Open Access

Staphylococcus aureus colonisation in patients from a primary regional hospital

  • Authors:
    • Anca Ungureanu
    • Ovidiu Zlatian
    • George Mitroi
    • Andrei Drocaş
    • Tiberiu Ţîrcă
    • Daniela Călina
    • Cristina Dehelean
    • Anca Oana Docea
    • Boris N. Izotov
    • Valerii N. Rakitskii
    • Ramona Cioboată
    • Demetrios A. Spandidos
    • Aristides M. Tsatsakis
    • Alice Găman
  • View Affiliations

  • Published online on: October 10, 2017     https://doi.org/10.3892/mmr.2017.7746
  • Pages:8771-8780
  • Copyright: © Ungureanu et al. This is an open access article distributed under the terms of Creative Commons Attribution License.

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Abstract

Staphylococcus aureus (SA or S. aureus) is a common pathogen that leads to local and systemic infections in communitarian and hospitalised patients. Staphylococcus colonizing nasal or pharyngeal sites can become virulent and cause severe infections. In this study, we collected 322 pharyngeal exudates and 142 nasal exudates from hospitalised and outpatients for screening purposes. The carriage rates in the pharynx were 27.06% for S. aureus, 11.55% for methicillin‑resistant S. aureus (MRSA) and 5.61% for methicillin‑oxacillin resistant S. aureus (MORSA). The carriage rates in the nose were 35.38% for S. aureus, 18.46% for MRSA and 13.85% for MORSA. The median multiple antibiotic resistance (MAR) index of SA was 33.33%. The MAR of MRSA was significantly higher than that of methicillin-susceptible strains (MSSA) (45.45% vs. 18.75%, P<0.0001) and the MAR of MORSA was 57.14%. Hierarchical clustering analysis revealed differences in the resistance of methicillin-sensitive, MRSA and MORSA strains. On the whole, our study demonstrates the pattern of distribution of nasal and pharyngeal colonisation with SA, MRSA and MORSA in adults vs. children, inpatients vs. outpatients, ICU patients vs. non‑ICU patients, and females vs. males, which can be used for adjusting the screening and decontamination protocols in a hospital. SA is a pervasive pathogen with constantly changing trends in resistance and epidemiology and thus requires constant monitoring in healthcare facilities.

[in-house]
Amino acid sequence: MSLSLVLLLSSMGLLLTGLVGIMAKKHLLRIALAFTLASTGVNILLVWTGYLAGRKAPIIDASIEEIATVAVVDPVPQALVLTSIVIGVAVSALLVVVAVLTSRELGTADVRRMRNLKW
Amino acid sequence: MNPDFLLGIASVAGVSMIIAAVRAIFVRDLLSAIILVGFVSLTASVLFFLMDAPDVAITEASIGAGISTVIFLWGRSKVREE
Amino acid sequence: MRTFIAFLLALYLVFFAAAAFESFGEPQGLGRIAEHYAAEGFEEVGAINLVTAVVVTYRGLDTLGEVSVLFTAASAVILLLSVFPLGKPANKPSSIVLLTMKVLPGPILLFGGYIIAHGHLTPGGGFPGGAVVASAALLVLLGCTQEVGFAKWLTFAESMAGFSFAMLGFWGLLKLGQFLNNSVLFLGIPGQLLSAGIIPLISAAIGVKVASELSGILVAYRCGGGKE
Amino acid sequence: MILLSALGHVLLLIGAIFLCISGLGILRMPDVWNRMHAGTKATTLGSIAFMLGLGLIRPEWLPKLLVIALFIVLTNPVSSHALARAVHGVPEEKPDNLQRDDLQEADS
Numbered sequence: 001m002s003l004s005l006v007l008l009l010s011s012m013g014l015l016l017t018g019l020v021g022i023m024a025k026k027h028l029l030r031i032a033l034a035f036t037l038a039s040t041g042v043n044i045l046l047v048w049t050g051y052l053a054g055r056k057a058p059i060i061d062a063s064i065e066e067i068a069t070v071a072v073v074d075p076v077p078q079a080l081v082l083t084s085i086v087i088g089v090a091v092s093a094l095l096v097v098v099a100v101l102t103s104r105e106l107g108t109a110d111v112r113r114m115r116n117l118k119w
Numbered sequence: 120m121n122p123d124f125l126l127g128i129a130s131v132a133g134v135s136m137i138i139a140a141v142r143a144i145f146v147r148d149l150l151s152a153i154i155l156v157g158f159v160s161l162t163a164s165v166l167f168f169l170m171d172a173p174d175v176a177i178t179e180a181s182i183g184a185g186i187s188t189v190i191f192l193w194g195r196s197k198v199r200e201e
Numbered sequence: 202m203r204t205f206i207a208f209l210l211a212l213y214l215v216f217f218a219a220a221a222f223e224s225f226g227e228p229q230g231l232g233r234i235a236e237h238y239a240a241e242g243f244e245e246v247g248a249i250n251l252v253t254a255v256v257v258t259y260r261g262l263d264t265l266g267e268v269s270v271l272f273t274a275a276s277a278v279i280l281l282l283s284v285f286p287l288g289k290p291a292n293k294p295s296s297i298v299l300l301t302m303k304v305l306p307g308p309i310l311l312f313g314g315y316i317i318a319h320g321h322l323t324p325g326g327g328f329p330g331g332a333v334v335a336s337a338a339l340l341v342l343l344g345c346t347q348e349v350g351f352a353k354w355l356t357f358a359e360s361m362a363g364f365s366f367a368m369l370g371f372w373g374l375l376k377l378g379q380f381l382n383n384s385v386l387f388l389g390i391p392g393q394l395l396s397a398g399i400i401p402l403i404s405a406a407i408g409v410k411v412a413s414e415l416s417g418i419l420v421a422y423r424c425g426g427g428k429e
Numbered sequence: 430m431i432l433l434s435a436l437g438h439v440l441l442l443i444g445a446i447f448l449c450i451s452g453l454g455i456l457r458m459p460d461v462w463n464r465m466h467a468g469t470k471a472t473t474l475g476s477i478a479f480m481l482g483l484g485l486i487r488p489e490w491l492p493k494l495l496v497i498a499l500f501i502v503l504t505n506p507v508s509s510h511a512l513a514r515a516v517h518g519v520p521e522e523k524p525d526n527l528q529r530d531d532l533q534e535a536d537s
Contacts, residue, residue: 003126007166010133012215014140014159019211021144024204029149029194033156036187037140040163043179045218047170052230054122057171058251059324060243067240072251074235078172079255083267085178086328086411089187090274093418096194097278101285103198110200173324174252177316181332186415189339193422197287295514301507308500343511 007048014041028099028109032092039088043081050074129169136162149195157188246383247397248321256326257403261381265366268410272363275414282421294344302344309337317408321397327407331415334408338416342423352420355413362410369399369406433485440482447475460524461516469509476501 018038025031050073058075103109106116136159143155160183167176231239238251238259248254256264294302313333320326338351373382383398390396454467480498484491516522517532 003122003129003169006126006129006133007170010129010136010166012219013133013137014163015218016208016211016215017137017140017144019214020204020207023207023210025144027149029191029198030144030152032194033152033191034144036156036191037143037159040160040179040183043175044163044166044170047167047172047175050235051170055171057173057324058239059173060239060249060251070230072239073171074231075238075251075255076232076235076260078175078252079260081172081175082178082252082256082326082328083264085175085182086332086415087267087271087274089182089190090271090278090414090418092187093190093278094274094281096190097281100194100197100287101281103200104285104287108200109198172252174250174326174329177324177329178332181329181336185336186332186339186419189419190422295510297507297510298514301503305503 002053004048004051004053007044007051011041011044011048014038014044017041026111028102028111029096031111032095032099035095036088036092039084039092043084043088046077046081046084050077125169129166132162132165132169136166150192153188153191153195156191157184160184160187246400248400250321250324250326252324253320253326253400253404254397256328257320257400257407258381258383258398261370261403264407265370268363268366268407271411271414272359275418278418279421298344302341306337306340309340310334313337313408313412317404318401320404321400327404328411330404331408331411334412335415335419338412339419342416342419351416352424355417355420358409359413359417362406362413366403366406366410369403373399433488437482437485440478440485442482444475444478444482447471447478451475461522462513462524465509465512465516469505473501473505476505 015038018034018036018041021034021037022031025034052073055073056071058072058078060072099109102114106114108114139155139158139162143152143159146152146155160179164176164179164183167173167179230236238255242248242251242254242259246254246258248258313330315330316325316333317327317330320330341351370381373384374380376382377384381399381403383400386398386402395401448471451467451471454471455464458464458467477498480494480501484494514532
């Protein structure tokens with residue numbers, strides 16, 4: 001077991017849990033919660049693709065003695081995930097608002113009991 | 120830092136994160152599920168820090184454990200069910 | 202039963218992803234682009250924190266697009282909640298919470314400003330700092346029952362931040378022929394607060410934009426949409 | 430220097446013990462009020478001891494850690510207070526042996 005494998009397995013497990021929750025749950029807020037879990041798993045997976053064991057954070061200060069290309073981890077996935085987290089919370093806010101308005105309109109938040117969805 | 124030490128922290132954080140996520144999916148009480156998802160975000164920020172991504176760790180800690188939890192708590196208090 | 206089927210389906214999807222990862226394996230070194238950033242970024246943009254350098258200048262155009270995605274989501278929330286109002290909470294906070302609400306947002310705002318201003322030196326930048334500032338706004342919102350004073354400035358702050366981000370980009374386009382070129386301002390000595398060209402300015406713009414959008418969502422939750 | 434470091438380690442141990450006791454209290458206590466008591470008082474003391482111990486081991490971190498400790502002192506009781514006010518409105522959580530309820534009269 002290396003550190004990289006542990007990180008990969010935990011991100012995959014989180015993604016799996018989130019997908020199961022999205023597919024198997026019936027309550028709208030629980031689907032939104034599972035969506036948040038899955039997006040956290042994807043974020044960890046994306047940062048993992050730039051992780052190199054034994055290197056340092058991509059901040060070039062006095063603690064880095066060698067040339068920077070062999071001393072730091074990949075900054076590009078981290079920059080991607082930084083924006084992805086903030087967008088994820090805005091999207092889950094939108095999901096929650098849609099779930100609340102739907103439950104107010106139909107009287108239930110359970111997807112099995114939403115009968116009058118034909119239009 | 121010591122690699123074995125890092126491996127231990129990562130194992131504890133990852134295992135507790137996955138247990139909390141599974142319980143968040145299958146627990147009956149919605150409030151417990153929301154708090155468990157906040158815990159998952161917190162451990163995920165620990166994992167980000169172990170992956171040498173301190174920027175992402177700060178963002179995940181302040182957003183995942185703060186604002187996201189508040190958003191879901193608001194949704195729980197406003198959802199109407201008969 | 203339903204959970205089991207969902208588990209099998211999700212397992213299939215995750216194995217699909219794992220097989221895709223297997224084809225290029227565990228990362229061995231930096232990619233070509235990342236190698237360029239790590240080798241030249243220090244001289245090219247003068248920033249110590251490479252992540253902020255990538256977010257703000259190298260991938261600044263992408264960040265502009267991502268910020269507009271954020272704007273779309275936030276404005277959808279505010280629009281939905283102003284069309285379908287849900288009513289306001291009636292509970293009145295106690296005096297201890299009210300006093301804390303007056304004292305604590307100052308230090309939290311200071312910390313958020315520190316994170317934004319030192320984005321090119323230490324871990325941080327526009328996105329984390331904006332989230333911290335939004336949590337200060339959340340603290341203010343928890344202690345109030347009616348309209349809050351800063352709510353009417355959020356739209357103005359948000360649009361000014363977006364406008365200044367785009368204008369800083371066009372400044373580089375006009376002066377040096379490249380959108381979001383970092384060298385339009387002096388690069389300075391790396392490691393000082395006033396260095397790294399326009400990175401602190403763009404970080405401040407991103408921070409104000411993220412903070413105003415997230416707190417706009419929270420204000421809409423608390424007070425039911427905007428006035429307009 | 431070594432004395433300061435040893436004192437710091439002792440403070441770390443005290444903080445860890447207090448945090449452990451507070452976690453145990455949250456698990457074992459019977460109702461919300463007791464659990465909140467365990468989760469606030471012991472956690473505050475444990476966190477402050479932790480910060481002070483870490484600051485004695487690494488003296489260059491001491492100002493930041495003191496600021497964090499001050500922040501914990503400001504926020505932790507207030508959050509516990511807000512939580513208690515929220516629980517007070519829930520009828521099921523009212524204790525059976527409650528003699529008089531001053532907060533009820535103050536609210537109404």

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December 2017
Volume 16 Issue 6

Print ISSN: 1791-2997
Online ISSN:1791-3004

2016 Impact Factor: 1.692
Ranked #19/128 Medicine Research and Experimental
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APA
Ungureanu, A., Zlatian, O., Mitroi, G., Drocaş, A., Ţîrcă, T., Călina, D. ... Găman, A. (2017). Staphylococcus aureus colonisation in patients from a primary regional hospital. Molecular Medicine Reports, 16, 8771-8780. https://doi.org/10.3892/mmr.2017.7746
MLA
Ungureanu, A., Zlatian, O., Mitroi, G., Drocaş, A., Ţîrcă, T., Călina, D., Dehelean, C., Docea, A. O., Izotov, B. N., Rakitskii, V. N., Cioboată, R., Spandidos, D. A., Tsatsakis, A. M., Găman, A."Staphylococcus aureus colonisation in patients from a primary regional hospital". Molecular Medicine Reports 16.6 (2017): 8771-8780.
Chicago
Ungureanu, A., Zlatian, O., Mitroi, G., Drocaş, A., Ţîrcă, T., Călina, D., Dehelean, C., Docea, A. O., Izotov, B. N., Rakitskii, V. N., Cioboată, R., Spandidos, D. A., Tsatsakis, A. M., Găman, A."Staphylococcus aureus colonisation in patients from a primary regional hospital". Molecular Medicine Reports 16, no. 6 (2017): 8771-8780. https://doi.org/10.3892/mmr.2017.7746